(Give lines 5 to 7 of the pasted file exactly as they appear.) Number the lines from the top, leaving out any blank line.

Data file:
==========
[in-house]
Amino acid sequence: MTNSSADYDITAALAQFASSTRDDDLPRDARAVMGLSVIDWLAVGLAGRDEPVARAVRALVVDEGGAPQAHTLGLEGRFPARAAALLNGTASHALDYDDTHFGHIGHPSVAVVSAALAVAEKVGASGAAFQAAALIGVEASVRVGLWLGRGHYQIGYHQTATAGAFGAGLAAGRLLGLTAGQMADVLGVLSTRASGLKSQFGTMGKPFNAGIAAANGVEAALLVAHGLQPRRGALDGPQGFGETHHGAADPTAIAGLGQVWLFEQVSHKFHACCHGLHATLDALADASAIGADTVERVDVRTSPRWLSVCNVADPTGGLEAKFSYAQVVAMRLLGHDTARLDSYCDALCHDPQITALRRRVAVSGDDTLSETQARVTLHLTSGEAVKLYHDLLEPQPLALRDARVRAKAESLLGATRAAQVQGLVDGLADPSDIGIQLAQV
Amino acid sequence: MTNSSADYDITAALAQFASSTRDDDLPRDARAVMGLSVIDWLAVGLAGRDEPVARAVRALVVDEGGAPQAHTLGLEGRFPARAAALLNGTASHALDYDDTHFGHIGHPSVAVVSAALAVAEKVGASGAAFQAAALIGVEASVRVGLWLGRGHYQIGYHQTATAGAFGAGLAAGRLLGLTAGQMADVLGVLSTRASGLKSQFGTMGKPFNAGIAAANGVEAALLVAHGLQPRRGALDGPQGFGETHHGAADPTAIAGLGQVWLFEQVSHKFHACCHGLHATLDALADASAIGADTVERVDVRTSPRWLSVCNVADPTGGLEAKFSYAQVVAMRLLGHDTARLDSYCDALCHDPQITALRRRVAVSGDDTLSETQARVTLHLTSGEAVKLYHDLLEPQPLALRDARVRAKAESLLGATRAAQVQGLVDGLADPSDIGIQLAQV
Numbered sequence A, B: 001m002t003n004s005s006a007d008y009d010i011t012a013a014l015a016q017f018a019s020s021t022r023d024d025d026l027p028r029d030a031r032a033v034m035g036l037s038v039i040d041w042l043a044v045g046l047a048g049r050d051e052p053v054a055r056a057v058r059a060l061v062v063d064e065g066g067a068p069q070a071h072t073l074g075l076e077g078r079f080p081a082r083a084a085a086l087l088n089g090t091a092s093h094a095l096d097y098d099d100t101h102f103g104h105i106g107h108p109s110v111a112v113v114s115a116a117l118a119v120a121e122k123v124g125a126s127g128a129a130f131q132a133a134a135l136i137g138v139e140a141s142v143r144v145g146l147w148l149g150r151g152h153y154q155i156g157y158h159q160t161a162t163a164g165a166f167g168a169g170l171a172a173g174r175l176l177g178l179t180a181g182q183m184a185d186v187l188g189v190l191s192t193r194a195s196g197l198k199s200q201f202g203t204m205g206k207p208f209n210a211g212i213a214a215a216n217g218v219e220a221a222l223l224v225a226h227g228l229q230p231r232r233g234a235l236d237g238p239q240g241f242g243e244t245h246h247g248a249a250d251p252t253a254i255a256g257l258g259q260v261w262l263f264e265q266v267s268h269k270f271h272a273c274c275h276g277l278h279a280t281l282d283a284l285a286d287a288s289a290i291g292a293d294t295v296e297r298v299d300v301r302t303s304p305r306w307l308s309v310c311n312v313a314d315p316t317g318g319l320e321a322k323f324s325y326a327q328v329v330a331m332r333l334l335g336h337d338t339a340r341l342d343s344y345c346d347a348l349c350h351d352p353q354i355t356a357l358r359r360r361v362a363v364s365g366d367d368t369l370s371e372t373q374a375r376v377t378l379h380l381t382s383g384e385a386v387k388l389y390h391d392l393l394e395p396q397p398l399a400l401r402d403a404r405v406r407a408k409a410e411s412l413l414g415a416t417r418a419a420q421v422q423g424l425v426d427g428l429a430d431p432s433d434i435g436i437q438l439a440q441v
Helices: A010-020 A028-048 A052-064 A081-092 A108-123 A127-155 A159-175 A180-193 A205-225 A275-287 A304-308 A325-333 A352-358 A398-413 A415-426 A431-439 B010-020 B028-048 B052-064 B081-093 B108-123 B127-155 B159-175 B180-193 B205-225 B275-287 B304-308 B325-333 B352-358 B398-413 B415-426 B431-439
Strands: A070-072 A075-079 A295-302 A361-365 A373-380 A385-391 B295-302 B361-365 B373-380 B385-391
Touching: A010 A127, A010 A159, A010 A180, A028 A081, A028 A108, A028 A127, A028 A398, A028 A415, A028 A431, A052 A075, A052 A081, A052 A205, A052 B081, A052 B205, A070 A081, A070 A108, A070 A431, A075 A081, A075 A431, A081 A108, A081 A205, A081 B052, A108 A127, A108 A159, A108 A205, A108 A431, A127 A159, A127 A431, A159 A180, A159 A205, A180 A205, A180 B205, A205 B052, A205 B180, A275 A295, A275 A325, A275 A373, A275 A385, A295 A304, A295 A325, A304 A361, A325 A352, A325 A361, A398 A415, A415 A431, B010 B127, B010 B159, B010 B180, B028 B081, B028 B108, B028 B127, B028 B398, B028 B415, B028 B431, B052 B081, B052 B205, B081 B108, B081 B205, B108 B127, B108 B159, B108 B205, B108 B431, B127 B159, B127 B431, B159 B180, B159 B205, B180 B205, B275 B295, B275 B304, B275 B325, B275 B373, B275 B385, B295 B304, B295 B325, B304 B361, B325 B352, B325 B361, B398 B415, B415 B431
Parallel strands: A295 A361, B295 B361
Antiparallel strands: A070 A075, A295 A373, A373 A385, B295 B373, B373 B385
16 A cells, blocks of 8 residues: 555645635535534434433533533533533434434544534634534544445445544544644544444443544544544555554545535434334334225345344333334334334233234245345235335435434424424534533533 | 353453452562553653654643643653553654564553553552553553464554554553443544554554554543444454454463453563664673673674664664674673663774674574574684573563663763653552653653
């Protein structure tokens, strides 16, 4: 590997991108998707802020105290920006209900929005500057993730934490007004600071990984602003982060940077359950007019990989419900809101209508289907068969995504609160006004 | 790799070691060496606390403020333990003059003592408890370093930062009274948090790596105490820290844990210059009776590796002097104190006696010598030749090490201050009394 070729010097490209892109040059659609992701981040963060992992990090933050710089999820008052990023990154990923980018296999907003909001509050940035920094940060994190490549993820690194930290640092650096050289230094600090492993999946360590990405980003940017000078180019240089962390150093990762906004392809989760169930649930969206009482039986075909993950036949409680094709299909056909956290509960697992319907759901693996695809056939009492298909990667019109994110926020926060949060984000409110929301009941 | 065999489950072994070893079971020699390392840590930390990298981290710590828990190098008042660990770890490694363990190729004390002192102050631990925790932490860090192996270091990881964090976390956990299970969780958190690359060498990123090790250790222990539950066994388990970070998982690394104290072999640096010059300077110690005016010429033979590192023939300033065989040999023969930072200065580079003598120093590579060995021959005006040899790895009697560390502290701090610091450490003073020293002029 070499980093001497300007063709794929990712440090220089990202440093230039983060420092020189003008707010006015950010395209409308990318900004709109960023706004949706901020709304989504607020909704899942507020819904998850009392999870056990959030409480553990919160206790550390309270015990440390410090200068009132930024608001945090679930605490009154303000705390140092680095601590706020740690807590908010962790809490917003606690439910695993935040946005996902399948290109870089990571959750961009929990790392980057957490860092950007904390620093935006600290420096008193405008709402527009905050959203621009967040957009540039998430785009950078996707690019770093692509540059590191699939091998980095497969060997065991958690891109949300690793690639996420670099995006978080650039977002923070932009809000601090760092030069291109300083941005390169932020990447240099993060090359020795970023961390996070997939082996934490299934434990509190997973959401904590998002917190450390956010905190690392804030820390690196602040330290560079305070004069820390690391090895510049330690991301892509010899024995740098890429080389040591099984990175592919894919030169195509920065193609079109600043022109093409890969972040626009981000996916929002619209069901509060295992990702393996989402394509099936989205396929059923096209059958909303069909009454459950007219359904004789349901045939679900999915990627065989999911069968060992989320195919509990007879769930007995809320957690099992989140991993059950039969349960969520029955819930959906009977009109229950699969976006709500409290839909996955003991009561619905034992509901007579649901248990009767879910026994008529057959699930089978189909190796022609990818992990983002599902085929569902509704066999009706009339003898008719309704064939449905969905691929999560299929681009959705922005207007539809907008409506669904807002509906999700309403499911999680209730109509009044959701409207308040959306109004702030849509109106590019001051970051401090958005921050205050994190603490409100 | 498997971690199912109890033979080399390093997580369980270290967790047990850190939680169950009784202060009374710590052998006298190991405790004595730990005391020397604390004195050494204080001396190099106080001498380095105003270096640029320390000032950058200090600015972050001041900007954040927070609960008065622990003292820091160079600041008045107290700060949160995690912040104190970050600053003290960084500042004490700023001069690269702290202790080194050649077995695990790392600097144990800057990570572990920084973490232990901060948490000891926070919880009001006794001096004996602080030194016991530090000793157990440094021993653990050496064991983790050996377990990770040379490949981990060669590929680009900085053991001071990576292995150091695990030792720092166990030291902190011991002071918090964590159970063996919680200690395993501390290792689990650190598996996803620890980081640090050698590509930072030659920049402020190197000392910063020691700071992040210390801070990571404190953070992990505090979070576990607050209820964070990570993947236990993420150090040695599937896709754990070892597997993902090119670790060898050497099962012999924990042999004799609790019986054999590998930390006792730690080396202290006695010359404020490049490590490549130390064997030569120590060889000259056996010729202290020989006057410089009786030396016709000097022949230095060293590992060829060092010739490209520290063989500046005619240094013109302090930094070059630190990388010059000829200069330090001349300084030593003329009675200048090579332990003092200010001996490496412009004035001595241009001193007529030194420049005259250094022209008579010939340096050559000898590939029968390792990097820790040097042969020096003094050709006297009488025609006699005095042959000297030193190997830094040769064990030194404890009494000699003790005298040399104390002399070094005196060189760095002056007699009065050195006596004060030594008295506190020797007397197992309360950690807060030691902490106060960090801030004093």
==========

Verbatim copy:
Helices: A010-020 A028-048 A052-064 A081-092 A108-123 A127-155 A159-175 A180-193 A205-225 A275-287 A304-308 A325-333 A352-358 A398-413 A415-426 A431-439 B010-020 B028-048 B052-064 B081-093 B108-123 B127-155 B159-175 B180-193 B205-225 B275-287 B304-308 B325-333 B352-358 B398-413 B415-426 B431-439
Strands: A070-072 A075-079 A295-302 A361-365 A373-380 A385-391 B295-302 B361-365 B373-380 B385-391
Touching: A010 A127, A010 A159, A010 A180, A028 A081, A028 A108, A028 A127, A028 A398, A028 A415, A028 A431, A052 A075, A052 A081, A052 A205, A052 B081, A052 B205, A070 A081, A070 A108, A070 A431, A075 A081, A075 A431, A081 A108, A081 A205, A081 B052, A108 A127, A108 A159, A108 A205, A108 A431, A127 A159, A127 A431, A159 A180, A159 A205, A180 A205, A180 B205, A205 B052, A205 B180, A275 A295, A275 A325, A275 A373, A275 A385, A295 A304, A295 A325, A304 A361, A325 A352, A325 A361, A398 A415, A415 A431, B010 B127, B010 B159, B010 B180, B028 B081, B028 B108, B028 B127, B028 B398, B028 B415, B028 B431, B052 B081, B052 B205, B081 B108, B081 B205, B108 B127, B108 B159, B108 B205, B108 B431, B127 B159, B127 B431, B159 B180, B159 B205, B180 B205, B275 B295, B275 B304, B275 B325, B275 B373, B275 B385, B295 B304, B295 B325, B304 B361, B325 B352, B325 B361, B398 B415, B415 B431